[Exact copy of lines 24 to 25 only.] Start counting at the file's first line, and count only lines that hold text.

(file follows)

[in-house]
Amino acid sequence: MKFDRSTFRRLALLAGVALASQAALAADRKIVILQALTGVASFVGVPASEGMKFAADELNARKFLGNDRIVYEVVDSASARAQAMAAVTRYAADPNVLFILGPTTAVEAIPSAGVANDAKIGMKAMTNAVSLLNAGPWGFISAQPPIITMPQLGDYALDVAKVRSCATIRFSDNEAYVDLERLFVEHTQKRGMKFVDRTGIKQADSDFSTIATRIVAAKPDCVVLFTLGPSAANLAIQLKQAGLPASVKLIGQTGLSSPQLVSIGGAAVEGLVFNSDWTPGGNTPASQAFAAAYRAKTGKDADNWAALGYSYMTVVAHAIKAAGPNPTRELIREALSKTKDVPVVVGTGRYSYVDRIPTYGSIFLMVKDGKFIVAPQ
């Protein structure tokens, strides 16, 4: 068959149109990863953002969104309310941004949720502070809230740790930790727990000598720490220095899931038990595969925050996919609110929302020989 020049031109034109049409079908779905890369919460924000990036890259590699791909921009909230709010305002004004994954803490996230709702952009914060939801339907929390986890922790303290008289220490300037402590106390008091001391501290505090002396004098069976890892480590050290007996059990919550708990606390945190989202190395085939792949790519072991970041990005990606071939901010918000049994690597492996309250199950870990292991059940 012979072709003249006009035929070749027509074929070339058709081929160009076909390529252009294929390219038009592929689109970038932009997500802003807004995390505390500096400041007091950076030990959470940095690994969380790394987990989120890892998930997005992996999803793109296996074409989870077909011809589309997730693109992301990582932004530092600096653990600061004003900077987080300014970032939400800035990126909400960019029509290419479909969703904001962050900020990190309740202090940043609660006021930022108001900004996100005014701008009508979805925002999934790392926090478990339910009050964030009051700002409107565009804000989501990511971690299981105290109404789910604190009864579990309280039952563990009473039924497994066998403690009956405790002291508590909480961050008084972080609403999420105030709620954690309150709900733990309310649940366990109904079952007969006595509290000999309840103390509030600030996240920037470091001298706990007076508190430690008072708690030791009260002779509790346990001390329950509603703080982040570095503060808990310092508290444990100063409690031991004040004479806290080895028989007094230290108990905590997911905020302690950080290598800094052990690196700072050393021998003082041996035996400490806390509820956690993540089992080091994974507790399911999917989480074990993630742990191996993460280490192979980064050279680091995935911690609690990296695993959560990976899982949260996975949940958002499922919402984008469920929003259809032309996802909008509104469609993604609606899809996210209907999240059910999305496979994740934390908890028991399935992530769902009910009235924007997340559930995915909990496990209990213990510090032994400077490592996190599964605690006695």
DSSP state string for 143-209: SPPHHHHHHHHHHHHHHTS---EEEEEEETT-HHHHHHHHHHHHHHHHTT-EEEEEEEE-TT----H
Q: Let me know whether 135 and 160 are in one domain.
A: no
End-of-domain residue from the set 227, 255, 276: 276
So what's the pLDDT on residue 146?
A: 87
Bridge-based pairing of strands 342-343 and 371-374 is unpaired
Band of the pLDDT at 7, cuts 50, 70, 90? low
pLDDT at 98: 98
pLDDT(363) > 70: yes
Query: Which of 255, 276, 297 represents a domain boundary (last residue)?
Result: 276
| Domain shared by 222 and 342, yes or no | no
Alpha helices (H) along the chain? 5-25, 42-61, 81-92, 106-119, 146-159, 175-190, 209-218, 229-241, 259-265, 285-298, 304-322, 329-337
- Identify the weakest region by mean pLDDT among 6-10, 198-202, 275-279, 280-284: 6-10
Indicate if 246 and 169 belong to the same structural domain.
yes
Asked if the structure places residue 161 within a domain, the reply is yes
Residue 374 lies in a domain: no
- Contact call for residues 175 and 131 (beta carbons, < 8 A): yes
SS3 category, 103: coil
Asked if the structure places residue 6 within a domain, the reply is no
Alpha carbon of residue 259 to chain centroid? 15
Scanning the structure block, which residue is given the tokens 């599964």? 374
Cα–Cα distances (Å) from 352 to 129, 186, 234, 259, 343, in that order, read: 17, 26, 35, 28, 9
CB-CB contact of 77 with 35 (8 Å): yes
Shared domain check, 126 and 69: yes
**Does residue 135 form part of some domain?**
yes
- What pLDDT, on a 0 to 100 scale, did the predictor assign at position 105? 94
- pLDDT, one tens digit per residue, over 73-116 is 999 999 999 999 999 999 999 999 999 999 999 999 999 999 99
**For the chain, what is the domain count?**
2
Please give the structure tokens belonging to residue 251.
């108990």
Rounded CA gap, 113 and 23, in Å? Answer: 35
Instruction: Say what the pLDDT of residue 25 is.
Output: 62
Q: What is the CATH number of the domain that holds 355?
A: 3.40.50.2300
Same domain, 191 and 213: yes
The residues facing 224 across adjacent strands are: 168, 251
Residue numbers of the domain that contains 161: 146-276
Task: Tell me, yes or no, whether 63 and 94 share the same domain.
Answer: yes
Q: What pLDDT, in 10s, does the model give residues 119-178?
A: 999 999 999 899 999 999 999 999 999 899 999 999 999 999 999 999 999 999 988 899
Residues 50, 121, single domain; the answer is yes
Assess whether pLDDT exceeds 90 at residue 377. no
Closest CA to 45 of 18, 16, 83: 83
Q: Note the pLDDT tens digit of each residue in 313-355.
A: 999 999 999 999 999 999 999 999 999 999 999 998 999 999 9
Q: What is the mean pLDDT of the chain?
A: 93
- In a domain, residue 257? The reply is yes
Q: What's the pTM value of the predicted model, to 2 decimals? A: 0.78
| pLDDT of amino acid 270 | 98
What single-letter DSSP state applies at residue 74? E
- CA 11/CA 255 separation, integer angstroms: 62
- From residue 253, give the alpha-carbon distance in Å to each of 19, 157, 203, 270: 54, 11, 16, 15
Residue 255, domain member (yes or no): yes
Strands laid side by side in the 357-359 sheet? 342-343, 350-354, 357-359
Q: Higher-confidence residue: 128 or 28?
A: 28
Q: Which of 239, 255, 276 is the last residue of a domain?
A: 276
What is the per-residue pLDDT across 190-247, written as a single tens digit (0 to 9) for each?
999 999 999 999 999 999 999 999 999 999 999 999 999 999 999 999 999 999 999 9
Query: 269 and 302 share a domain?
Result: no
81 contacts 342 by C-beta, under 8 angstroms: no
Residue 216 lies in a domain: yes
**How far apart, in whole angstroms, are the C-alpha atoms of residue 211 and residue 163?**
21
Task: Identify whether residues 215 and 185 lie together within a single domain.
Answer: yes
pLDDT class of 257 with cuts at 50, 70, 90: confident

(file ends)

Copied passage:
SS3 category, 103: coil
Asked if the structure places residue 6 within a domain, the reply is no